As an exporter, you will have to write a statement of origin on your commercial invoice - or any other commercial document - along with a complete description of your products. The originating products will then benefit from CETA on the basis of the origin declaration.
Please note that for shipments valued over 6,000 EUR, you will have to indicate your Registered Exporter system Number (also known as a REX number) with your Statement of Origin. If you do not currently have a REX number, you will need to become registered using the REX system before proceeding.
To view a sample statement of origin or learn more on REX Registration, please visit our CETA page.
How FedEx can help
At FedEx, we can help your business reach its potential on the global stage. When it comes to exporting to Canada, we offer shipping services with customs-cleared, door-to-door deliveries from the EU to Canada in just 1-3 business days2.
Please contact FedEx if you are considering doing business with Canada.
1 Some agricultural products will remain restricted, and duties on some other products will be eliminated through a tariff phase-out over the next few years.
2 Transit times and delivery service may vary depending on destination and origin. Please contact Customer Service on 03456 07 08 09 to validate service availability depending on your zipcode.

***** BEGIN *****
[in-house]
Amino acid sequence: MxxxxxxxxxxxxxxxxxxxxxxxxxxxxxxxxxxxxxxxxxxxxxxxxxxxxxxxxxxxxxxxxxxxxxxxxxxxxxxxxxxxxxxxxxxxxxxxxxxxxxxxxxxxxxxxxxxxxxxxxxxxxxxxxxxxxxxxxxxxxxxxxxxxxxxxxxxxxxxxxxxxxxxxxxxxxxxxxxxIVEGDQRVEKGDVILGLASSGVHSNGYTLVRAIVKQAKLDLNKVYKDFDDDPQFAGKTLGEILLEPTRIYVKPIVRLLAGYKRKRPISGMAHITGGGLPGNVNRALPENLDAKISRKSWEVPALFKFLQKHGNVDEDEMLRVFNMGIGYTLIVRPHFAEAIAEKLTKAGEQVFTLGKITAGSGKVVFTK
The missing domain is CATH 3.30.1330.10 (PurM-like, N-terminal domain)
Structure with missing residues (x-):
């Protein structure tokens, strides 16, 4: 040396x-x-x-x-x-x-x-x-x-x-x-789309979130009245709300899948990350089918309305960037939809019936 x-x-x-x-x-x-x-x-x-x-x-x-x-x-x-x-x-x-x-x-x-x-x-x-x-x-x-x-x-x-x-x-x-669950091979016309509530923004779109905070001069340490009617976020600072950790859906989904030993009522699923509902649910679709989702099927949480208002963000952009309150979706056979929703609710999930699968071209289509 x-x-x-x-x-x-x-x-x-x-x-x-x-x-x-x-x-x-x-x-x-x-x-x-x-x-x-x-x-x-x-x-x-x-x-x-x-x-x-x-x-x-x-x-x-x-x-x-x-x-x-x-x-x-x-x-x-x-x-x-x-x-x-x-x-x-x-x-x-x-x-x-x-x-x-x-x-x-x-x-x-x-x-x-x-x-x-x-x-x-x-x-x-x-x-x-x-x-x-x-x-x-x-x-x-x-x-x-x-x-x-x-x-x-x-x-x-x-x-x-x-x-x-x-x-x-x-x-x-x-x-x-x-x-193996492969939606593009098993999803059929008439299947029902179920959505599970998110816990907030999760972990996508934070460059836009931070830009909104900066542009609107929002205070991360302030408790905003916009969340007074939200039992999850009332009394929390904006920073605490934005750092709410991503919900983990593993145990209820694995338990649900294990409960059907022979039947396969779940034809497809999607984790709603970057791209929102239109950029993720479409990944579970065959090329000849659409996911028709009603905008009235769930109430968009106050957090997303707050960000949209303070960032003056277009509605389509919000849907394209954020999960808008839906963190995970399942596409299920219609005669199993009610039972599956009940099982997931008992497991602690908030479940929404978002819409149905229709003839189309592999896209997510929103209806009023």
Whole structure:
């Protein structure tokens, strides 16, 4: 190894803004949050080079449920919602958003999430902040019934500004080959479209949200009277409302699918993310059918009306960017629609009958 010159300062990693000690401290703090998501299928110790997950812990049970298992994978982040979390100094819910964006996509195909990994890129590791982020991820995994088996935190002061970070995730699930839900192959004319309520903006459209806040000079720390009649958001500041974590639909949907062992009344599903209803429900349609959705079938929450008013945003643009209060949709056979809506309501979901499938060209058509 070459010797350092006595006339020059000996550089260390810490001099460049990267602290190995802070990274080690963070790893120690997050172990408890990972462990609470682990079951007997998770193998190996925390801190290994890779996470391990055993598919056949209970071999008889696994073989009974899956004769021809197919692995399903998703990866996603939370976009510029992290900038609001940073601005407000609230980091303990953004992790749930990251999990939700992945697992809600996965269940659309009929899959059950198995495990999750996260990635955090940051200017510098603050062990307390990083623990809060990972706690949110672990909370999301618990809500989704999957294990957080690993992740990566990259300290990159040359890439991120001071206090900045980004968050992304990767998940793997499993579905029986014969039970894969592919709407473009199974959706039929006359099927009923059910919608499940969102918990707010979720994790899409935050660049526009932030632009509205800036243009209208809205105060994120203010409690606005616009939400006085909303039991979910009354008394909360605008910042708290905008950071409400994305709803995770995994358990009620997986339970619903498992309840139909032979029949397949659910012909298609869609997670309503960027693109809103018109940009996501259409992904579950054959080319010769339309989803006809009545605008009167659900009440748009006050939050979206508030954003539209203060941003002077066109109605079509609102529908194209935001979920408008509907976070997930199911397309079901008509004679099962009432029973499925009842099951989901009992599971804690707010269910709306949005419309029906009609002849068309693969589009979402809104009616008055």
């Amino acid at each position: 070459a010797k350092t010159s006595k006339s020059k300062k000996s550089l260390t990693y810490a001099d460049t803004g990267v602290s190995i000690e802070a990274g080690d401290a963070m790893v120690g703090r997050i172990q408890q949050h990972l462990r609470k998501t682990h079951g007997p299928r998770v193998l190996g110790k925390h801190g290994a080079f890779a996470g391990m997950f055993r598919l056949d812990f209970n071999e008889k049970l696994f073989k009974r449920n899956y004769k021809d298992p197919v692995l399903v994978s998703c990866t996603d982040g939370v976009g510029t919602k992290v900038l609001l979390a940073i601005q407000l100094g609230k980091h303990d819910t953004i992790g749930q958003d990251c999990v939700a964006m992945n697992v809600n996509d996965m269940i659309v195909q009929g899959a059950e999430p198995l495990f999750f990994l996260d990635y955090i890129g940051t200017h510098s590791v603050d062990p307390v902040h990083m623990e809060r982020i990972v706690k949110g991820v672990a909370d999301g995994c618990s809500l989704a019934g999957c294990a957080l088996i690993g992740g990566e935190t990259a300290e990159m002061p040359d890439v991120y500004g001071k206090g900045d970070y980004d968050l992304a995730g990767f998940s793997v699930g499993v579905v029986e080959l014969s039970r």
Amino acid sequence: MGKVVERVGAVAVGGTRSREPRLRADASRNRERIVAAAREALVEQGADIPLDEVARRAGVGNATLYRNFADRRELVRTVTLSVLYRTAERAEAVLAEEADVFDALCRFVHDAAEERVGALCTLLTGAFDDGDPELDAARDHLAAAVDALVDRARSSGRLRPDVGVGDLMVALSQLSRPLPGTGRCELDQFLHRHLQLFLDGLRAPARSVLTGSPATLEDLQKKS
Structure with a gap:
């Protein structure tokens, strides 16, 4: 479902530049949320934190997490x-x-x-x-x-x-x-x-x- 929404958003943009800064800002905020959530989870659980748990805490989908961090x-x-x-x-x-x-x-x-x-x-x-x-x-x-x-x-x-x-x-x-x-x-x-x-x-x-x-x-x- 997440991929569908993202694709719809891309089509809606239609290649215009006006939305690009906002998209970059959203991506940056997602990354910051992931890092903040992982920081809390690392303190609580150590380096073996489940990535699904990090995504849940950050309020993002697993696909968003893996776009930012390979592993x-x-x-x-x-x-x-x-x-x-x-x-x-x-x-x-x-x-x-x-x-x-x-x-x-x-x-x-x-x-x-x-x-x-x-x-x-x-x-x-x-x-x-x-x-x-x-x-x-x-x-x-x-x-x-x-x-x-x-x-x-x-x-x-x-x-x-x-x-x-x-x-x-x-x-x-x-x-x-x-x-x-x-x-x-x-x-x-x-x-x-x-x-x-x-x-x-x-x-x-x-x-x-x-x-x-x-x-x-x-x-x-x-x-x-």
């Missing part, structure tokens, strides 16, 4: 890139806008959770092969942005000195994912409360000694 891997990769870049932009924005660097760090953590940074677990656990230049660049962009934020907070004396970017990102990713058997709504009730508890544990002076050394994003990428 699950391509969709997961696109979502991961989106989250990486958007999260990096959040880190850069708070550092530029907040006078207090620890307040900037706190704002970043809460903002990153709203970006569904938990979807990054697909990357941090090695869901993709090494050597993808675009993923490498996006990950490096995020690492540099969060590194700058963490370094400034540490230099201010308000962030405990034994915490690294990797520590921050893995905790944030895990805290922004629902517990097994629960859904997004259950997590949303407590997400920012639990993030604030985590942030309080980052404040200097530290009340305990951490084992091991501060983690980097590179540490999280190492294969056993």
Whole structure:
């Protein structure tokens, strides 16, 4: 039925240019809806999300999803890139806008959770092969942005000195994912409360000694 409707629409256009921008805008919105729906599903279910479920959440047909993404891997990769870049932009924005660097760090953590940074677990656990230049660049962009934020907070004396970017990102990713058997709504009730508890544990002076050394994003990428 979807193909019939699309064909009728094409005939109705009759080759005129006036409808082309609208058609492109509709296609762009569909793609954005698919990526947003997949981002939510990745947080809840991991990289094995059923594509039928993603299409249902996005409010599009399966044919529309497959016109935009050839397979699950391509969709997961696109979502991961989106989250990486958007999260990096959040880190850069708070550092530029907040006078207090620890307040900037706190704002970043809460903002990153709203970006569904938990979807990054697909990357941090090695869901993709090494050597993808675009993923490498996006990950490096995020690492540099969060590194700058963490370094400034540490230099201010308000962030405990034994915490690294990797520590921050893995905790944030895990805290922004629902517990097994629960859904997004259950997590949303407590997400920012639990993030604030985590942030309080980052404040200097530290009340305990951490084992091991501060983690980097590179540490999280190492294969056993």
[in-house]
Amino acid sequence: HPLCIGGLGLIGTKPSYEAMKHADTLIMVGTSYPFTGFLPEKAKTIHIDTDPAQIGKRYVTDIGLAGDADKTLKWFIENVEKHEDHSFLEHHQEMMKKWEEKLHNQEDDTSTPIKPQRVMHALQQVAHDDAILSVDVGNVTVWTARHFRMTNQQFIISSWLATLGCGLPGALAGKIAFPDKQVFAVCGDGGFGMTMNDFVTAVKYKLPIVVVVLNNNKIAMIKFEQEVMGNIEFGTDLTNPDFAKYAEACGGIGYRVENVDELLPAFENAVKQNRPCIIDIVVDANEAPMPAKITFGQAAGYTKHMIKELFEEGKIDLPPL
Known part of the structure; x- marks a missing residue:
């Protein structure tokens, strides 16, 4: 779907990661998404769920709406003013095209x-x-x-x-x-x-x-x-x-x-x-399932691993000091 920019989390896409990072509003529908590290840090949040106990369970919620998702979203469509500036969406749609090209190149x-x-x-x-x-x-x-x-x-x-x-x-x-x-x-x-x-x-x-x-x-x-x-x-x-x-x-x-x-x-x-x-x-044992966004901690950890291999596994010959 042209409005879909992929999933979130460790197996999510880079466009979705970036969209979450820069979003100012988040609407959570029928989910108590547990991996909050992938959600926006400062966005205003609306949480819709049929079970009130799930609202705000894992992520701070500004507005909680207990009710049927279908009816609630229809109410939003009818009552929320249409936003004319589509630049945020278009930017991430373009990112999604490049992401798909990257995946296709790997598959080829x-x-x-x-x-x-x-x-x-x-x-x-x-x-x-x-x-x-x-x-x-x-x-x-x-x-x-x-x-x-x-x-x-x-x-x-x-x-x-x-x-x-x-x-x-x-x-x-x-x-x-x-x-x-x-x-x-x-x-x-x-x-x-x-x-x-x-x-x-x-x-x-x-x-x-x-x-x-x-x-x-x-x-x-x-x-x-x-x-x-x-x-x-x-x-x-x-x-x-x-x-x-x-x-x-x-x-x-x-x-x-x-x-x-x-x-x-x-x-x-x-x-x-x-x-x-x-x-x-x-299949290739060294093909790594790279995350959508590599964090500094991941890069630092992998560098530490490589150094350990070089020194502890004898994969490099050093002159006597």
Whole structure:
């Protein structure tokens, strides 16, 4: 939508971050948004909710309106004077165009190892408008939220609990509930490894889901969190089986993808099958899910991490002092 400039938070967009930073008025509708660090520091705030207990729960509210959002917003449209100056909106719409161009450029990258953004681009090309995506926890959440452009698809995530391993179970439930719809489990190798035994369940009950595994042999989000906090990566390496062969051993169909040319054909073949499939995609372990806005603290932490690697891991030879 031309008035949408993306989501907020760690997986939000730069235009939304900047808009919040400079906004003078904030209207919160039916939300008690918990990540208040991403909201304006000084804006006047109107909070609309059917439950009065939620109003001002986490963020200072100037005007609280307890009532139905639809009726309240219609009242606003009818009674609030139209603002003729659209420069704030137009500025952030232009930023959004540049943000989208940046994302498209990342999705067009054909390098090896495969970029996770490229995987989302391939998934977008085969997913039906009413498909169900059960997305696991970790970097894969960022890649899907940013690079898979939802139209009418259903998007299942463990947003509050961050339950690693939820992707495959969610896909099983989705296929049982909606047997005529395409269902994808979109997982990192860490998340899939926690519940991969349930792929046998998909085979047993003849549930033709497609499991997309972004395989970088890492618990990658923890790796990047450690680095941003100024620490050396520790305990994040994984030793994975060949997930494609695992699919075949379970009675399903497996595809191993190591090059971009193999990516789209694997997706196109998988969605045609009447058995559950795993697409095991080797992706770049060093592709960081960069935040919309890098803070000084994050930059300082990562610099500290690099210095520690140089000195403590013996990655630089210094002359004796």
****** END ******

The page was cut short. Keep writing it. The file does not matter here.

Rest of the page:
FedEx Express is making the following changes to our Dangerous Goods (DG) shipping policy. This independent initiative anticipates prospective regulatory changes in response to growing concerns about the safe handling of bulk or standalone shipments of lithium batteries.
As of January 1st, 2017 FedEx Express customers sending bulk shipments of lithium batteries (United Nations (UN) number 3090 & United Nations (UN) number 3480) can only do so by treating all such shipments as fully regulated Dangerous Goods (DG) commodities.
This initiative also helps us increase the visibility of lithium battery types throughout our network and ensure the integrity of such DG shipments until their final destinations.
How does this initiative change bulk lithium battery shipments?
With effect from January 1st, 2017, FedEx Express customers shipping UN 3090 & UN 3480 shipments must carry out the following steps:
- Add a Shipper's Declaration for Dangerous Goods which can only be completed by DG-trained personnel.